(Reuters) - The British-based World Golf Group (WGG) has finally publicly unveiled its plan for a new global tour that would comprise 18 yearly tournaments featuring 48 of the game’s top players.
Nearly two years after Reuters first reported the group’s plans, the Premier Golf League (PGL) hopes to launch in January, 2022, it said in a detailed news release on Saturday.
Each tournament would have prize money of $10 million.
Whether the tour is feasible remains to be seen on an already-crowded calendar.
The PGL said it wanted to work with established tours rather than as a breakaway circuit, but the U.S.-based PGA Tour and European Tour have been all but dismissive about the proposed circuit.
“We don’t comment on the business of other tours, real or hypothetical. We’re focused on our business,” the PGA Tour said in a statement to Reuters.
The European Tour has been similarly dismissive.
The PGA Tour has a policy in which players must seek a “release” from the commissioner each time they want to play an event on anything other than their home tour.
This effectively restricts American players to a handful of international appearances a year.
Top players already have at least six must-play events each season — the Masters, PGA Championship, U.S. Open, British Open, Players Championship and either the Ryder or Presidents Cup.
No players have publicly committed to the proposed tour, though Rory McIlroy said on Saturday discussions with players had been going on for years.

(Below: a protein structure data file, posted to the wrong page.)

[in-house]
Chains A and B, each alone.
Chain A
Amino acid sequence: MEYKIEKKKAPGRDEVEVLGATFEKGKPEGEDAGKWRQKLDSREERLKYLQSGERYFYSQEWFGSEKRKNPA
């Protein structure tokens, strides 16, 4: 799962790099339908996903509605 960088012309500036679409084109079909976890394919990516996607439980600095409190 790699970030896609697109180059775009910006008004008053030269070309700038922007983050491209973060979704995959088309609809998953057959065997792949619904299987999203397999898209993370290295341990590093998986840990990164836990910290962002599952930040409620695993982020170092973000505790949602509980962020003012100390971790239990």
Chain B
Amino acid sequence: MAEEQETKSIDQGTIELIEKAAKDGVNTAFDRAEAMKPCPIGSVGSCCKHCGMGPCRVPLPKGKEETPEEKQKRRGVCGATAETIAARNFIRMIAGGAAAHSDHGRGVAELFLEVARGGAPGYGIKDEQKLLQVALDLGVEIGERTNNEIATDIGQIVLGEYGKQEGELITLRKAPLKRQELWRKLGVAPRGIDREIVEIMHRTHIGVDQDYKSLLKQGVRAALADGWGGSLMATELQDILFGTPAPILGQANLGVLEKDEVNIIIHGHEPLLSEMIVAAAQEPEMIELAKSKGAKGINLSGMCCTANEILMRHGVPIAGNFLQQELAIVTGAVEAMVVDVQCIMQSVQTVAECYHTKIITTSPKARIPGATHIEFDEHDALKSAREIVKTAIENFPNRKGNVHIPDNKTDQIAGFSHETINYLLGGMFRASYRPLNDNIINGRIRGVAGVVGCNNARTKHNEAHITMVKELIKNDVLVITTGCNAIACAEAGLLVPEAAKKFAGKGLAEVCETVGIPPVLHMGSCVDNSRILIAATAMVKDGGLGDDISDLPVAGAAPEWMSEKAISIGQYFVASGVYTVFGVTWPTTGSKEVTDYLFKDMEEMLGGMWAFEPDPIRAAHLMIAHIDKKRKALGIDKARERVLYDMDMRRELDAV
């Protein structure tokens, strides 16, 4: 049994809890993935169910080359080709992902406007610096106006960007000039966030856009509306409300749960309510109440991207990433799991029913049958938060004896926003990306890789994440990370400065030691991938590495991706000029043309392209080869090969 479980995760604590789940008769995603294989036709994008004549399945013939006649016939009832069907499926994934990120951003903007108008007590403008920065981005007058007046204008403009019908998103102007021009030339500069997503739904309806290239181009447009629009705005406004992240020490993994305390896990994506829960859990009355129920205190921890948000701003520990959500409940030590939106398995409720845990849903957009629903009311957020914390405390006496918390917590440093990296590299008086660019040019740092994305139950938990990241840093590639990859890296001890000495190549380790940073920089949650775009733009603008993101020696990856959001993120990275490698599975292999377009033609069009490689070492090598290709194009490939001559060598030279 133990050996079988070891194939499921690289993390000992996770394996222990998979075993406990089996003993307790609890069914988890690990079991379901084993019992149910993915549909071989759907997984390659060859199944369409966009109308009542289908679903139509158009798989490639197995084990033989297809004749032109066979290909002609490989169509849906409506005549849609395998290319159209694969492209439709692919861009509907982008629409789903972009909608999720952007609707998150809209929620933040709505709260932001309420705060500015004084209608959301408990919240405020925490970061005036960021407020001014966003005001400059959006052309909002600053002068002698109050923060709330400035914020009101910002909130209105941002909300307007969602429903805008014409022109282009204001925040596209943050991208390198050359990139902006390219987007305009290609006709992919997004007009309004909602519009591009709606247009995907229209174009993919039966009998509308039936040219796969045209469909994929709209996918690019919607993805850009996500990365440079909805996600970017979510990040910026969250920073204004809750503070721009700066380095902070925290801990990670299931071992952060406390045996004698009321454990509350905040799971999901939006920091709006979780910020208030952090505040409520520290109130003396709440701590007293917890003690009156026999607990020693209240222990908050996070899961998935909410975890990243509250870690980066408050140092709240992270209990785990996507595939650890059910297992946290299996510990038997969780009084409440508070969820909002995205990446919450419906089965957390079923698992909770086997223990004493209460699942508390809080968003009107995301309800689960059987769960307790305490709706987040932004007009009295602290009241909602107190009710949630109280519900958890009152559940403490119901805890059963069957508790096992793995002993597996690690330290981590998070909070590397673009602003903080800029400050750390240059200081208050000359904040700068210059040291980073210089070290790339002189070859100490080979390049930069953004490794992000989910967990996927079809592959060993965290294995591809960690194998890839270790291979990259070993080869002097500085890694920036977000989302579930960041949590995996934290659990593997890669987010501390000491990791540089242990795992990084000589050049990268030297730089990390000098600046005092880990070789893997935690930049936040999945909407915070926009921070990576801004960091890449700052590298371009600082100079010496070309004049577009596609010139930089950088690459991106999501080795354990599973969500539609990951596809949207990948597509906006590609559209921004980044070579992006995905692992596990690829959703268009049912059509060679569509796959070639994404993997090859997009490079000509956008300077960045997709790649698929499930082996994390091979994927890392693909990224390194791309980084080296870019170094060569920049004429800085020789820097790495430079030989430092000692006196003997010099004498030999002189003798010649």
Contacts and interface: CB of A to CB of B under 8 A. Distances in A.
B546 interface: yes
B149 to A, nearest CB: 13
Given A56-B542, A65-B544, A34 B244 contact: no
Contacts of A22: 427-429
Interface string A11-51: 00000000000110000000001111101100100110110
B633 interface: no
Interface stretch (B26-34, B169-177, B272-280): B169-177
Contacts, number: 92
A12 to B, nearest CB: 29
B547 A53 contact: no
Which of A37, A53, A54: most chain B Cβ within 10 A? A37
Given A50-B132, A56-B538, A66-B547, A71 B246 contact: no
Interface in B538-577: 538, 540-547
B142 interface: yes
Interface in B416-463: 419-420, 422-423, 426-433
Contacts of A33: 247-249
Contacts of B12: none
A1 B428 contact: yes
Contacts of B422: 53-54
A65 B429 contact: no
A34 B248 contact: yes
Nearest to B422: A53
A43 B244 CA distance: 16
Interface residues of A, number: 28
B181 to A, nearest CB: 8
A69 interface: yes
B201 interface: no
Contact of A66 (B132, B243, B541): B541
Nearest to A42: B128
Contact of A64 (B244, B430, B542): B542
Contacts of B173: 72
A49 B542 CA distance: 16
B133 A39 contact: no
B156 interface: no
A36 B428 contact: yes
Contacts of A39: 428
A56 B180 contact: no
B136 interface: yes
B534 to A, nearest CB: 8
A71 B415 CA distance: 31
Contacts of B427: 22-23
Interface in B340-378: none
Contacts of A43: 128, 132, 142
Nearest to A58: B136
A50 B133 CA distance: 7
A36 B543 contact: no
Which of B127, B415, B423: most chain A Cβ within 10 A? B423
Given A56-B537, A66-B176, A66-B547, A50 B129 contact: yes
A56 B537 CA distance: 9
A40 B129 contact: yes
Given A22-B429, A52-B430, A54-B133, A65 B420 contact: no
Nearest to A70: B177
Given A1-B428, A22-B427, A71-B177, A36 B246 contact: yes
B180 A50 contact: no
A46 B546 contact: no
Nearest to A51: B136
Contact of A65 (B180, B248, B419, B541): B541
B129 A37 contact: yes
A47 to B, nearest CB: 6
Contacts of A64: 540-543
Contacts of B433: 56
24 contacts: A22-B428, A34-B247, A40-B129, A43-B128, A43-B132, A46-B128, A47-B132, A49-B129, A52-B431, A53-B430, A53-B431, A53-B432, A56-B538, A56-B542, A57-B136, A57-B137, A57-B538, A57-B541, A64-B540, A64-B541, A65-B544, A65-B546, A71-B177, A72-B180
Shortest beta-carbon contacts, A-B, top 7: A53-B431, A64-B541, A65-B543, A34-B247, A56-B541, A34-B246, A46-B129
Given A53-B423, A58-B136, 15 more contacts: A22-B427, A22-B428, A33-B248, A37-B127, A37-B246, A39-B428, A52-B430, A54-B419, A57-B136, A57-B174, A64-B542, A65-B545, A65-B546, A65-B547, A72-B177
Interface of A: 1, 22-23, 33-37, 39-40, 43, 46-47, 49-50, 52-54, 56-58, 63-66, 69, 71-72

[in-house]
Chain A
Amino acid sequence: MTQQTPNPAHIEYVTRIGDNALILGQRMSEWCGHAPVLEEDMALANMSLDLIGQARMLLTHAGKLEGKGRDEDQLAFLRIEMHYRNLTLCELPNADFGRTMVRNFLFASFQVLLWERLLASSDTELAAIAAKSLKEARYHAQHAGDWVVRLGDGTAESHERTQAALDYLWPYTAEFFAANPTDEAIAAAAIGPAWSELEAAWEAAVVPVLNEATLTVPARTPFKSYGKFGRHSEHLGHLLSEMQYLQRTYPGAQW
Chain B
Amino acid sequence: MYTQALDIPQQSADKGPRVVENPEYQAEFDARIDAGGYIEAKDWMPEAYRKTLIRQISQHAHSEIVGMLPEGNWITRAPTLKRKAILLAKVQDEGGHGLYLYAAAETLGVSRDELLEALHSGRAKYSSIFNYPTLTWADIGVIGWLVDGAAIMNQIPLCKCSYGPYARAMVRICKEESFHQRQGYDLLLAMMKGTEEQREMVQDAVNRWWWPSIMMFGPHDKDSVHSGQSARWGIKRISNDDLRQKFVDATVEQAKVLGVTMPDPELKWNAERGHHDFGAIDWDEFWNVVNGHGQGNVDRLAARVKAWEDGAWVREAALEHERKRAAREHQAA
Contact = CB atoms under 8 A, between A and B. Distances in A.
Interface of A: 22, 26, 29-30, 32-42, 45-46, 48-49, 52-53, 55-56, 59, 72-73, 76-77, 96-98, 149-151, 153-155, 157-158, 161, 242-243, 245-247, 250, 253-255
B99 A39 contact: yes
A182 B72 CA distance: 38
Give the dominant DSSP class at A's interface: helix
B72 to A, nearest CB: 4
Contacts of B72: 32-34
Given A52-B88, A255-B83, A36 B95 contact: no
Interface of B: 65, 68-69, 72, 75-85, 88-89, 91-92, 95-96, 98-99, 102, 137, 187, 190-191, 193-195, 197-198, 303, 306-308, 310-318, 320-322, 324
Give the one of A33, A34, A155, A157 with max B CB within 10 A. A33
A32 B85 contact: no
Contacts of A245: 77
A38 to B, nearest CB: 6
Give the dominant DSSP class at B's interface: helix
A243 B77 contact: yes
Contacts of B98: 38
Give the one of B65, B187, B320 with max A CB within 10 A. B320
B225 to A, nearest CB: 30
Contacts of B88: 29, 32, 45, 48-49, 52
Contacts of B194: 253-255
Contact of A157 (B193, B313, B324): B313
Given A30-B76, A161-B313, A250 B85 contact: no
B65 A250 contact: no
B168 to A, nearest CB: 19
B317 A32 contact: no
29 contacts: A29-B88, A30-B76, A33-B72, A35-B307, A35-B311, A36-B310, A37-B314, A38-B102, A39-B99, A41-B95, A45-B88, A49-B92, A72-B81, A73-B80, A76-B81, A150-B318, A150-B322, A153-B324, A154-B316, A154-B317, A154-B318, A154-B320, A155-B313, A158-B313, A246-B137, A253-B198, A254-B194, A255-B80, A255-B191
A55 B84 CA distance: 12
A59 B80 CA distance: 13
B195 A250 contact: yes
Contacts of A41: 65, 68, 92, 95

“Those guys have been talking to a few of us for six years,” the Northern Irishman told reporters at the Farmers Insurance Open.
“It’s a hard one ... but I love the PGA Tour, I love the way golf is set up right now. I certainly wouldn’t want to lose what’s been built in the last 40 or 50 years, tournaments like this.
“I’m still quite a traditionalist, so to have that much of an upheaval in the game I don’t think is the right step forward.
“But I think it might be a catalyst for some changes on this tour that can help it grow and move forward and reward the top players the way they should be.”
Despite the obstacles, the PGL sounded upbeat about its chances of getting off the ground.
Its statement said the tour would be “an individual and team league” with 12 teams of four players vying for a world championship.
Ten of the 18 events would be in the United States. All would be three rounds with no cut.
The PGL said the current professional structure is outdated.
“If you want the world to watch, you have to showcase your best product, week-in-week-out. Golf doesn’t do that currently,” it said.
“If you had the chance to start again you wouldn’t create professional golf as it exists today. The League is that chance.
“We believe we’ll succeed because the League is what fans, sponsors and broadcasters want — and the best players deserve. It will revitalize the sport for this and future generations.”
Reporting by Andrew Both in Cary, North Carolina; Editing by Christian Radnedge